This week I watched a video of a police officer being beaten with all manner of weapons, including a pole wrapped in the American flag, until he was unconscious. An angry mob around him passionately chanted "U.S.A." as they beat him. It's an image I've been unable to shake…the irony of it all. For years I've heard my father proclaim in his thick patois accent "America a go dung di gully". I always thought he was being hyperbolic, succumbing to media sensationalism. I hadn't really given much thought to why he, who 20 years ago upended his comfortable life to move his entire family to start over from scratch in another country, would proclaim his new country's downfall. This week, perhaps like my father, I came to realize that in so many ways America is not living up to the ideals we moved here for.
My original plan for the introduction of this newsletter was a short review of The King of Staten Island which I recommended last week. But that didn't feel on the mark after Wednesday afternoon. I haven't been able to avert my eyes from the feed of videos, pictures, bad takes, and endless analysis of the insurrection at the US Capitol last week. What stands out most to me is how easily it happened. How easy it was for an angry mob to chase America's elected leaders in the highest levels of government out of their offices. It was easy for that mob to weaponize their privilege to storm what should be one of the most secure compounds in the world.
Privilege is the access or opportunities a person or group of persons have that is not shared by others. In modern American cinema, the kind of privilege that we saw on Wednesday - white male privilege, is the freedom to tell their unique stories without the context of historic oppression from another group. Black stories in American cinema don't have that privilege because of the long tail of racism in this country. Black stories, if they are authentic stories, have to present the context of racism. It's because the legacy of that oppression is so much a part of the black experience in American life. Even in 2021. Whether rich or poor. Regardless of where you live. Most times in subtle ways and sometimes not. To tell a black American story without the context of the legacy of racism is to tell fantasy. As an immigrant, I can tell you that this phenomenon is uniquely American.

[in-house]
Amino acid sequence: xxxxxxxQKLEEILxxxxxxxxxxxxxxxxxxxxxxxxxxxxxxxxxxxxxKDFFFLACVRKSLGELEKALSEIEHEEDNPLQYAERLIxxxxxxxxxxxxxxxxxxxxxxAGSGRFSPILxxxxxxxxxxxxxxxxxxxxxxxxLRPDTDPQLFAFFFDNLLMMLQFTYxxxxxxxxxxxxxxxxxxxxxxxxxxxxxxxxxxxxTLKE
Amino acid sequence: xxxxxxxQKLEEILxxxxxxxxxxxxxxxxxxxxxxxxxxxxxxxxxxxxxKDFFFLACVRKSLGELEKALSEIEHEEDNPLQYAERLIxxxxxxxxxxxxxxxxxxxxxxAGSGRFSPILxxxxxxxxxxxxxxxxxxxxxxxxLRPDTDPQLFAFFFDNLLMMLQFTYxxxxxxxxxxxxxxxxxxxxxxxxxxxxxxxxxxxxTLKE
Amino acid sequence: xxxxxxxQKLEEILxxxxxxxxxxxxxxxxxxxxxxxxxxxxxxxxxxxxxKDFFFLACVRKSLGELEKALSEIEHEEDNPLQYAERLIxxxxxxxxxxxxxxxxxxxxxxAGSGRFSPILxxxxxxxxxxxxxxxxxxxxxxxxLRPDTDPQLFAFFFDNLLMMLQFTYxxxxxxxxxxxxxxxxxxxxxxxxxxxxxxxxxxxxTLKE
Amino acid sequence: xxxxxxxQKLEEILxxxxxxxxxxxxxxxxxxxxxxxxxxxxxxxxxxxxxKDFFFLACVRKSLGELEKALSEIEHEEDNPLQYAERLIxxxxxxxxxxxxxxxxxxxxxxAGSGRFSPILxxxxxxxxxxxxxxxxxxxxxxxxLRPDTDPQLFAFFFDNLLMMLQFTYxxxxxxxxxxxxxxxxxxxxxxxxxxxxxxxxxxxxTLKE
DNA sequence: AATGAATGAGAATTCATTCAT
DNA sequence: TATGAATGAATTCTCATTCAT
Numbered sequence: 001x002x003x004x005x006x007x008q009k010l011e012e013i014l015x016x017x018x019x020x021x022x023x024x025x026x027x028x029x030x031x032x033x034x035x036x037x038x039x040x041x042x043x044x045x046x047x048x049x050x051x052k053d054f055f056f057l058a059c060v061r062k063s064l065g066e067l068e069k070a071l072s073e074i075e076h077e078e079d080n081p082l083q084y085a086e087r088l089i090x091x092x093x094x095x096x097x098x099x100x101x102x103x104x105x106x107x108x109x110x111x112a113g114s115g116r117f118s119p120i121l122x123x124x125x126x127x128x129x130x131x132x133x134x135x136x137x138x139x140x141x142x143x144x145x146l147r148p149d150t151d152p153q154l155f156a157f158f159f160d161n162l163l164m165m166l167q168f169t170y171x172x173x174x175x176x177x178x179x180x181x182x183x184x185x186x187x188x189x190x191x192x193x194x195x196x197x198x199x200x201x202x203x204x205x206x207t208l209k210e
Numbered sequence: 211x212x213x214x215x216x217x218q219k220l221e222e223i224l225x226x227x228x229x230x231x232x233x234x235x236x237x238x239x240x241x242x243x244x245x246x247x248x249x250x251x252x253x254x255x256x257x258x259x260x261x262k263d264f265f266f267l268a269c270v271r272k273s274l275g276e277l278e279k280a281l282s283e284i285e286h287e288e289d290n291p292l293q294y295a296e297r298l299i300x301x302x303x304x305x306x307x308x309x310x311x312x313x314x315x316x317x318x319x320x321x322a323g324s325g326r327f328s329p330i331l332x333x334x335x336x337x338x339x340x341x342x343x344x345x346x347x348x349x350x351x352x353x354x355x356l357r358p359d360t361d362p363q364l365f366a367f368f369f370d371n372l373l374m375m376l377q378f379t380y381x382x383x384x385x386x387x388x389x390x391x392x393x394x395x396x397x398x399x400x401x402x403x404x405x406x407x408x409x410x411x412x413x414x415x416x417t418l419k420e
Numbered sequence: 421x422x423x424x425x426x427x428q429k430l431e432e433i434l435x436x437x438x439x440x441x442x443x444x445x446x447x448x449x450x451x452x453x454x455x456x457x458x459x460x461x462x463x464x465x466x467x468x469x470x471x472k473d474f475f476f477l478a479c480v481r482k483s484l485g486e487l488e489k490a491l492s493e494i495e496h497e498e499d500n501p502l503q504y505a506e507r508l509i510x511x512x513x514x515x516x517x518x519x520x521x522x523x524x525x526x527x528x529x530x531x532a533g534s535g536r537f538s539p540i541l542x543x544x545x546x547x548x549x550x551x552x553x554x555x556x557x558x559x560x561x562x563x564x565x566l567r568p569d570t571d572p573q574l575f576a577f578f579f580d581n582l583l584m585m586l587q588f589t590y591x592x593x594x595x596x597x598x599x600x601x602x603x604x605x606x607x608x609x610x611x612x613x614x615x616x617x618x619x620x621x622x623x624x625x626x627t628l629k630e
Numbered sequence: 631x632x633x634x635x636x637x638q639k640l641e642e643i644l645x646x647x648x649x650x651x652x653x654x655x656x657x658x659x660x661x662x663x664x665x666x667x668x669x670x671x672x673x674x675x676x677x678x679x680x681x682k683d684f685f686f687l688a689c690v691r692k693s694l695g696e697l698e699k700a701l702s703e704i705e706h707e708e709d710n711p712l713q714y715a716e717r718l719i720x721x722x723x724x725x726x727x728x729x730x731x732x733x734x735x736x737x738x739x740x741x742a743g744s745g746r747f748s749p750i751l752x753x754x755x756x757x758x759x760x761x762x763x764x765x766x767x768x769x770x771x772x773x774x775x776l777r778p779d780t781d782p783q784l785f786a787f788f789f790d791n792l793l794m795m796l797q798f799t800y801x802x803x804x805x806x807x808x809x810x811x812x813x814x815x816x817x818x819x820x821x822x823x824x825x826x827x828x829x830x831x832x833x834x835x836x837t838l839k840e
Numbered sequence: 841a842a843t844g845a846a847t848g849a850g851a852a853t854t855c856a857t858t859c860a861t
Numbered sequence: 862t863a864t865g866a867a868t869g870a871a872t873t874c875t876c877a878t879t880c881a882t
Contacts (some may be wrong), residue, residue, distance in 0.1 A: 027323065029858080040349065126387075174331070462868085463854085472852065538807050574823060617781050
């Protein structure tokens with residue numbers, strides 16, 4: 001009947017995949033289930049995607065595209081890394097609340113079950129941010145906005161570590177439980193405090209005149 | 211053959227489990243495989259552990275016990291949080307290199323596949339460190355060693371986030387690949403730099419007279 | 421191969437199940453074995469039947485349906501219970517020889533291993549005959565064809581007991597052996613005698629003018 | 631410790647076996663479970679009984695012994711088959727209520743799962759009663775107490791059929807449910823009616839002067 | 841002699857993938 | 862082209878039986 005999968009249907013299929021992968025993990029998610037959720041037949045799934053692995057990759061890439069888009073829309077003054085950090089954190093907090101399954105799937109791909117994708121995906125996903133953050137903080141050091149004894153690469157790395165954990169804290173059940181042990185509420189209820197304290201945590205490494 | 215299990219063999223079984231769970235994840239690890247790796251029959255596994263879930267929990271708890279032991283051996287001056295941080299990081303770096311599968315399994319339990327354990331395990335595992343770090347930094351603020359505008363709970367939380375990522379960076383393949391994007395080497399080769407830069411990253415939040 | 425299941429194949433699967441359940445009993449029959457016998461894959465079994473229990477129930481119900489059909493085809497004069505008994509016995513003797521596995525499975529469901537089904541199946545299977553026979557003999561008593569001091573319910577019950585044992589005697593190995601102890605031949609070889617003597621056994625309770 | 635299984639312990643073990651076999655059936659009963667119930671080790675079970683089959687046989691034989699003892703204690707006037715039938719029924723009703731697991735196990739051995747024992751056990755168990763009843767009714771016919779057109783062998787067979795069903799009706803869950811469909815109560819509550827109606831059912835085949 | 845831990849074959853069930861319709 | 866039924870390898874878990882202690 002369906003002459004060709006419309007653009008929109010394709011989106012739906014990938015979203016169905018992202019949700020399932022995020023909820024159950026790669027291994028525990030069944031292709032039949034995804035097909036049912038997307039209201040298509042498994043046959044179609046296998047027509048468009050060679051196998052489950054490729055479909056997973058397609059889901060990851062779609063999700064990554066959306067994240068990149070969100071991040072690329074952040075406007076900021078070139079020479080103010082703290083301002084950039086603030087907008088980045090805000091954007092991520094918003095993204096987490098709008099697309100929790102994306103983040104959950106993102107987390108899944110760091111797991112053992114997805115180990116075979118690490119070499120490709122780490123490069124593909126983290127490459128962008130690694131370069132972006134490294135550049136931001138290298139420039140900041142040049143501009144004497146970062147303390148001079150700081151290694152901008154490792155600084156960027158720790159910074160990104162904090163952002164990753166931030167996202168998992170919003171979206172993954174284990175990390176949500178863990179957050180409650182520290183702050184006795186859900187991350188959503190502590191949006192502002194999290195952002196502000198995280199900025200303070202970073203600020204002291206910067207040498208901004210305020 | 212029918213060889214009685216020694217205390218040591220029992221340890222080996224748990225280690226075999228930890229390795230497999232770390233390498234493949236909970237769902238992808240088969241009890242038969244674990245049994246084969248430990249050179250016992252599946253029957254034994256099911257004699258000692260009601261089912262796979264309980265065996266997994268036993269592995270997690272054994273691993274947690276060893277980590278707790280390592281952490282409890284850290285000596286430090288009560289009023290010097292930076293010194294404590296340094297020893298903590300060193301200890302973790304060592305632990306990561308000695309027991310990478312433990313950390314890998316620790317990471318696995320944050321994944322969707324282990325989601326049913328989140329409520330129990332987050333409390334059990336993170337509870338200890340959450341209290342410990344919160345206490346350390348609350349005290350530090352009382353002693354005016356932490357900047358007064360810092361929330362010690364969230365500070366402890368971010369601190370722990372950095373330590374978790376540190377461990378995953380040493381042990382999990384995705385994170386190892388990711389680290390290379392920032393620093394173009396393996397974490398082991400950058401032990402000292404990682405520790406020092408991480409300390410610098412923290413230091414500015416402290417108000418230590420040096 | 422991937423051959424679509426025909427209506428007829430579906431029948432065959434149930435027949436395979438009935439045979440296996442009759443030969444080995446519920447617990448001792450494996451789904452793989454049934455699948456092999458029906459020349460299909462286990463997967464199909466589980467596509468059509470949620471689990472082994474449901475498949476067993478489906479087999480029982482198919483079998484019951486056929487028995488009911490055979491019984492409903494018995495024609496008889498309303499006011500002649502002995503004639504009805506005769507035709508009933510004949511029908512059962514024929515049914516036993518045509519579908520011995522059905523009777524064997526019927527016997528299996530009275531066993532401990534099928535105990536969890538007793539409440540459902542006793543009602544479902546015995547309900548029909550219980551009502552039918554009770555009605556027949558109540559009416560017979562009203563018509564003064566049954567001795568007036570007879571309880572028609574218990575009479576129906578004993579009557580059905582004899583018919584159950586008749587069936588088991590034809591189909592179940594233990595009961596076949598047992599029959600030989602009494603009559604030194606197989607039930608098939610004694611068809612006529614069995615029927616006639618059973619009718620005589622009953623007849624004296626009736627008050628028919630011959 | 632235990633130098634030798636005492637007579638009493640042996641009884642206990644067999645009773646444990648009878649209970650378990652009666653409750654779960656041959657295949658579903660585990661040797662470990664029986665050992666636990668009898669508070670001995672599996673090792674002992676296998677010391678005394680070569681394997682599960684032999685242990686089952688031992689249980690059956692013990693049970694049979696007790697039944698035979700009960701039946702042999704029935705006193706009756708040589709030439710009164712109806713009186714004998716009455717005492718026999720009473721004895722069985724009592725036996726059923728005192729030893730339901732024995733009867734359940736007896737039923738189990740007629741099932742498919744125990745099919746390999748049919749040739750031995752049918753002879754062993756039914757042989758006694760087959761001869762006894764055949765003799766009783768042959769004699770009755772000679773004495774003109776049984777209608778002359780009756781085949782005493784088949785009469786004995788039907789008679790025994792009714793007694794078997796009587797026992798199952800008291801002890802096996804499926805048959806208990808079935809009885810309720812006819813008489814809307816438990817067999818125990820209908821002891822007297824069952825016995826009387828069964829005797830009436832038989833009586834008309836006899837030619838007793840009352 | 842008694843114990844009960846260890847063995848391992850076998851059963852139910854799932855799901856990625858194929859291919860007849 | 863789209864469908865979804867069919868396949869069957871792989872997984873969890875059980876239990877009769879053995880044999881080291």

Here is a list of the best new movies to watch together being released on streaming this week. The list includes One Night in Miami, a film about four notable black men from the 1960s in America. As noted before, like most black stories in American cinema, this story is told in the context of America's racist legacy. My hope in watching it this week is that it's a film that is able to rise above its context.
One Night In Miami (2021)
Available Friday, January 15 on Amazon Prime Video
One Night In Miami follows the fictional story of four black American icons -Muhammad Ali, Malcolm X, Sam Cooke, and Jim Brown coming together to discuss civil rights and to find the role they play and want to play in that movement. This movie is the feature directorial debut of Regina King, a familiar face in TV and film. One fun fact - the writer of this film also co-wrote Disney Pixar’s Soul released last month.
Outside the Wire (2021)
Available Friday, January 15 on Netflix
Netflix seems to be investing heavily in “B” action movies and this one looks like it fits right into that category. The story is about a soldier in the near future that gets an assignment to work together what turns out to be an android. They have to work together to - guess what - stop a nuclear attack. More than a little cliche, but if you want to turn your brain off and watch things blow up, Outside the Wire will likely take care of that for you.
The Ultimate Playlist of Noise (2021)
Available Friday, January 15 on Hulu
The Ultimate Playlist of Noise is the ultimate date night movie. It’s about a music loving high schooler who learns that he’s likely going to be deaf after doing a surgical procedure. So he makes the very logical decision of the doing a road trip across America to record all his favorite sounds and turn it into a playlist. Of course, along the way he meets a girl, who happens to be a musician, who decides to tag along with him on his adventure. Cute.
Other fun movies available this week
Earth Girls Are Easy (1990) on HBO Max
Isle of Dogs (2018) on Disney+
The Killing of a Chinese Bookie (1976) on HBO Max
A Monster Calls (2016) on Netflix
Get Carter (1971) on HBO Max
The Man Who Would Be King (1975) on HBO Max
Meatballs (1979) on on HBO Max